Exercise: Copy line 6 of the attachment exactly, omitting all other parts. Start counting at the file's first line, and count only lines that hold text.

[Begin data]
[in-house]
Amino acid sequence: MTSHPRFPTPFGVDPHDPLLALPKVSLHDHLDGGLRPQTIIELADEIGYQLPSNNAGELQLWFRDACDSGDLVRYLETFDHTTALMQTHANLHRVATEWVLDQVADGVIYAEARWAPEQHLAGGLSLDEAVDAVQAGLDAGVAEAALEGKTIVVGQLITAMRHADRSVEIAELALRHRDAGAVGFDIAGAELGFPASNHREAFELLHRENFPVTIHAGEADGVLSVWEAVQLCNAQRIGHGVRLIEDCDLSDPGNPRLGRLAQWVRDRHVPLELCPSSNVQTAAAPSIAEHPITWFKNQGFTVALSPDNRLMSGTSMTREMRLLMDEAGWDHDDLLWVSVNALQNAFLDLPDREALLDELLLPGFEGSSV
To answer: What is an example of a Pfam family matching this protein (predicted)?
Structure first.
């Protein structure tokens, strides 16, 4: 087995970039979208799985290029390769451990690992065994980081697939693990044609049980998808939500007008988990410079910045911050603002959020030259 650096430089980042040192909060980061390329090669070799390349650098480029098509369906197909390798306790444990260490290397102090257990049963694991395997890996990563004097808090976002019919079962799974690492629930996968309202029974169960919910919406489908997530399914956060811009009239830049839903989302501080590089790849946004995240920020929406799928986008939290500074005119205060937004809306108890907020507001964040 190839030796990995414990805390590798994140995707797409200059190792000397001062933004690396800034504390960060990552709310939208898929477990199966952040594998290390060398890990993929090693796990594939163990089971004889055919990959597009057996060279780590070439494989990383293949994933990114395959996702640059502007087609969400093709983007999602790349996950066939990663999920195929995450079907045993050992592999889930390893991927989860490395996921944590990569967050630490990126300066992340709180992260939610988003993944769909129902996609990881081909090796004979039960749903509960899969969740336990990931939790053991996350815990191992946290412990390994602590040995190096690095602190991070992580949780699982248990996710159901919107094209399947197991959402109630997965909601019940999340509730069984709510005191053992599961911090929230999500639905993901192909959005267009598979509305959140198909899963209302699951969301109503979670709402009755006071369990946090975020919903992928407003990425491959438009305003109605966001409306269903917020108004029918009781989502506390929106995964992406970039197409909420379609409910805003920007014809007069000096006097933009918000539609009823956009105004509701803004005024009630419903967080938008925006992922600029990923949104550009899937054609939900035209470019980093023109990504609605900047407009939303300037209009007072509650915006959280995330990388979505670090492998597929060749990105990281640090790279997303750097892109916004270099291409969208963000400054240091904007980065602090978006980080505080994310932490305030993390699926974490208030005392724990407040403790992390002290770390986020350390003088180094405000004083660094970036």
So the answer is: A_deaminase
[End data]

So the answer is: A_deaminase